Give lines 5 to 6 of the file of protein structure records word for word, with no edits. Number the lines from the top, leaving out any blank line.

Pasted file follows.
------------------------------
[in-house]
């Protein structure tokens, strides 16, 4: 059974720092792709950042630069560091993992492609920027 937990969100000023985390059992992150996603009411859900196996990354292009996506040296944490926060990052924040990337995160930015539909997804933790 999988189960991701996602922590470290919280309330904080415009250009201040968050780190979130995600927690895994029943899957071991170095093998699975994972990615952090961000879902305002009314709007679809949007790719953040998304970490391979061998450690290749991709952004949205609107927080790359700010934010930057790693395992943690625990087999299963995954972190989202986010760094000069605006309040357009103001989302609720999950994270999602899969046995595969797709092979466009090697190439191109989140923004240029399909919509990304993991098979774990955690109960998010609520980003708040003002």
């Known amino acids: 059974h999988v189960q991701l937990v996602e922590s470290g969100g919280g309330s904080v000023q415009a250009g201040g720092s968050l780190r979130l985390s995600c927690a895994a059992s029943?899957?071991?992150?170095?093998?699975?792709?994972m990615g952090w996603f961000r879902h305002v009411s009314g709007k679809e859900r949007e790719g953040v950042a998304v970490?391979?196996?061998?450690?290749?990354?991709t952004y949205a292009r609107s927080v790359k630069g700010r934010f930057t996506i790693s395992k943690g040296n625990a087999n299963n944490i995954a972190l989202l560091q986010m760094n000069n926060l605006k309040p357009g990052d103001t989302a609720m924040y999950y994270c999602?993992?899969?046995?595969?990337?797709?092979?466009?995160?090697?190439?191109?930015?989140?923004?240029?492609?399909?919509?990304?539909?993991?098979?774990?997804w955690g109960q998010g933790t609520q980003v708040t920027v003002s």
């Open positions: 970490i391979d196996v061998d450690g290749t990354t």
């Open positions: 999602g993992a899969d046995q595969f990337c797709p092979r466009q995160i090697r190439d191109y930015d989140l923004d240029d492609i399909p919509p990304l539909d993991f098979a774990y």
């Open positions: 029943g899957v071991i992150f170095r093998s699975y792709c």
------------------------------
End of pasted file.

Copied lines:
């Open positions: 999602g993992a899969d046995q595969f990337c797709p092979r466009q995160i090697r190439d191109y930015d989140l923004d240029d492609i399909p919509p990304l539909d993991f098979a774990y």
């Open positions: 029943g899957v071991i992150f170095r093998s699975y792709c």